Book Review: A Love Made New – An Amish of Birch Creek by Kathleen Fuller

A Love Made New by Kathleen Fuller revolves around the lives of three sisters — one sister more than the others. The lives of Sadie, Abigail, and Joanna turned upside down when their parents die in a tragic accident. However, as they say, time heals everything, their lives begin falling back on track. Soon, Sadie and Joanna get married to the love of their lives, Aden and Andrew, respectively. Abigail, on the other hand, does not seem to be doing so well. Since the sad demise of her parents, she has found food as her constant companion, which, according to her, has started showing on her body. Her belief that she has become fat gets a stamp of approval when her boyfriend breaks up with her. Her low self-esteem clouds her judgment and she refuses to see the love in the eyes of a very handsome man, Asa, who is willing to do just about anything to have her in his life. Asa does not see her as a chubby girl; in his eyes, she is the most beautiful girl — both inside and outside. But, somehow, Abigail misunderstands his admiration as pity and misinterprets everything he says or does to think that he is mocking her eating habits and body size.

Kathleen Fuller has a very engaging manner of telling stories and introducing characters. The central character is, no doubt, Abigail; nevertheless, many other characters are introduced and their stories are equally fascinating. Both, Andrew and Aden, are dealing with the sudden abandonment of their fathers. The circumstances in which they abandoned their families are very different, but their ways of dealing with the pain is quite similar. The patience of Naomi, Andrew’s mother, is moving — to say the least. But it is nothing compared to the immense faith that Aden’s mother, Rhoda, exhibits throughout the read. The reason I say this is because of the fact that Naomi’s husband is still in touch with her trough letters; whereas, Rhoda’s husband has been completely out of touch since his departure. Yet she waits for him and prays for his return. Aden’s brother, Sol, is carrying a baggage from his past that he refuses to leave behind. Although Irene, Andrew’s sister, is everything that he would want in a life partner, he does not know if he can discard the possibility that he would end up hurting her again. Like I said, there are many fascinating stories around the central plot involving Abigail and Asa.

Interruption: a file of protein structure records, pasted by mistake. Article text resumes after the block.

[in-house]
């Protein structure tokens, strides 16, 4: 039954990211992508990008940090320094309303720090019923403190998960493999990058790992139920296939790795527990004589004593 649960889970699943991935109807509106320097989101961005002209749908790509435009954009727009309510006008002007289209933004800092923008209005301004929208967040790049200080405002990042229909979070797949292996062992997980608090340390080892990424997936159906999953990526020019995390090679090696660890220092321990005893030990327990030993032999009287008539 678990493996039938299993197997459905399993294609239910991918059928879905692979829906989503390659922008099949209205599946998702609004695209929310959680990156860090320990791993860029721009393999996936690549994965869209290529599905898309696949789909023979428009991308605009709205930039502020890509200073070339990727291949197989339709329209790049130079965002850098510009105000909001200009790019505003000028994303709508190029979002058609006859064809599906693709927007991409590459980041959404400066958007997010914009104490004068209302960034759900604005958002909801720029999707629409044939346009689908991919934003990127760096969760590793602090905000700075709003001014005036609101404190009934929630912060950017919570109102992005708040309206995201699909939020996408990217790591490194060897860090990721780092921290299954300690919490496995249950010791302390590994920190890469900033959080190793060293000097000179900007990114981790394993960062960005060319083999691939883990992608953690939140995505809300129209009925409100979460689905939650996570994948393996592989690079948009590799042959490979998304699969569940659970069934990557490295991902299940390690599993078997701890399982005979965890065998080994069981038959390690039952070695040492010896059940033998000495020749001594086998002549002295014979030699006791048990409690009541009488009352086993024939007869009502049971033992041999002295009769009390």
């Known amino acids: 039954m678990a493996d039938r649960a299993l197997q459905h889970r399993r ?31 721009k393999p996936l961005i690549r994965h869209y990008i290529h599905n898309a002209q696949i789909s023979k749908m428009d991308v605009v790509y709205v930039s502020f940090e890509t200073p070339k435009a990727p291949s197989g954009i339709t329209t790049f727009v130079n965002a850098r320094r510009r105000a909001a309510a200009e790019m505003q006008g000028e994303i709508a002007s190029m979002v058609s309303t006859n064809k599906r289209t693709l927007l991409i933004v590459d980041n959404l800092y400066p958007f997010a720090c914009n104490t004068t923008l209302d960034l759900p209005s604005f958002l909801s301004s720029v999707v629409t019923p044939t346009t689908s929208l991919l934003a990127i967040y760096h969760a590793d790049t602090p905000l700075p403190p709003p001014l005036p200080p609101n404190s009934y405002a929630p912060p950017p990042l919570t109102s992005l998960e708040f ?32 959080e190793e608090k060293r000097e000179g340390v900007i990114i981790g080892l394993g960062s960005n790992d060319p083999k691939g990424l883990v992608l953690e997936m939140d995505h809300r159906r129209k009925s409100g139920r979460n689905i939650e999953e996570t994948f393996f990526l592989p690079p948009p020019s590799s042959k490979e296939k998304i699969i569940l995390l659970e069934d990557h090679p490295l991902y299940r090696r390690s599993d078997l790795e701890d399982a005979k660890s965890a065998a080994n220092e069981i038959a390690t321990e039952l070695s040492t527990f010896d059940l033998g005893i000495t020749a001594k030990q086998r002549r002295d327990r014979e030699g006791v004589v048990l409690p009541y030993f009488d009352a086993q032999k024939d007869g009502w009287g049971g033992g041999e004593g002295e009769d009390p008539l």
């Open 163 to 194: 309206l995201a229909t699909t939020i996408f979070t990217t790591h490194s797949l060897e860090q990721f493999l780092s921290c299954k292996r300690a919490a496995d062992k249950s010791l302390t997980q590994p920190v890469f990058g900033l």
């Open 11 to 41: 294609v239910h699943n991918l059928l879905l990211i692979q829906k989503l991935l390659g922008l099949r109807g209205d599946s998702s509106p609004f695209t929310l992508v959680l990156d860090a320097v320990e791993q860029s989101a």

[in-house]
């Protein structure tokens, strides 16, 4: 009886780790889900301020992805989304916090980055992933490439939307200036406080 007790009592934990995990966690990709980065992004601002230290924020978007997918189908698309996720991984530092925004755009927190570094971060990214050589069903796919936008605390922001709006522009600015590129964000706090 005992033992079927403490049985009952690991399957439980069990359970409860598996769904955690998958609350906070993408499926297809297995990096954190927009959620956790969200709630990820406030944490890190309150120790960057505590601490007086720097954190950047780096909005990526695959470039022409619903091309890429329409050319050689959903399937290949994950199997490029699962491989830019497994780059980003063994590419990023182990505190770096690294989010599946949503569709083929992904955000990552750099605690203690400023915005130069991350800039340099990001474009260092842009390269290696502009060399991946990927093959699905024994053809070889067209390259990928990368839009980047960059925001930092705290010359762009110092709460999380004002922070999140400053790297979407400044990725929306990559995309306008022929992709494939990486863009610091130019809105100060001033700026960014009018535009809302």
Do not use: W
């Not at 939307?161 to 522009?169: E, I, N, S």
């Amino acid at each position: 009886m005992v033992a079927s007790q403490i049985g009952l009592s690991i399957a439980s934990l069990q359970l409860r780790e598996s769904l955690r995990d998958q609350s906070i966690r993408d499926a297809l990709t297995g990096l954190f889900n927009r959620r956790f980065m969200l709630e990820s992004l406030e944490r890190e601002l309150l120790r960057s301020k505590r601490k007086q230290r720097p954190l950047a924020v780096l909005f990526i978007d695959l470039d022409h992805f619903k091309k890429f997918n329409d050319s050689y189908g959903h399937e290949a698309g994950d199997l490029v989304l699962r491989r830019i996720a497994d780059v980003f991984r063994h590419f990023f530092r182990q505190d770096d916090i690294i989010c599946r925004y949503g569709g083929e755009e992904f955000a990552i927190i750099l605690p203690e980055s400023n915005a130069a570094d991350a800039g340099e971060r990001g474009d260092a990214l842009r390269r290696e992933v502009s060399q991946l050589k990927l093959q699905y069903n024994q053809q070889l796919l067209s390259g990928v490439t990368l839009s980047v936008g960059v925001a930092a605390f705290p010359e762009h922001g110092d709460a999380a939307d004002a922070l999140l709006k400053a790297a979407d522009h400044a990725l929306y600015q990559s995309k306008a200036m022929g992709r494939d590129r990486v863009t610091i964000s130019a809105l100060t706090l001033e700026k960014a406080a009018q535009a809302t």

One thing that I admire the most about Kathleen Fuller’s books is how relatable and colorful her characters are. Their emotions feel real and their dialogues are really engaging. There is not one character that has no role in the plot. The author knows exactly what she wants from which character. I could predict the end of the book, but that did not stop me from enjoying the journey; like they say, “It’s the journey, not the destination that matters.” I found Abigail the most interesting character. Her low self-esteem kept her from really knowing herself. She focused more on what others think of her than what she thought of herself. Every time, someone saw her eating, she assumed they were judging her and thinking that she was disgusting. Isn’t this how our brain sometimes function? We notice someone observing us, we immediately fill our heads with all sorts of self-doubting thoughts.

“Faith can move mountains” is another idea that resonates with the book. Troubled characters of A Love Made New found warmth in embracing faith. Whenever in doubt, they left the matter in the hands of God. It’s hard to imagine this much devotion to God; however, reading about it, I felt this could be one way of dealing with the negativity of this era. The author inspired me to the point that I realized that I need to make some changes in my life.

I would recommend A Love Made New by Kathleen Fuller to the readers who like romantic books filled with many stories.

P.S. I have received a copy of this book from in exchange for an honest review.


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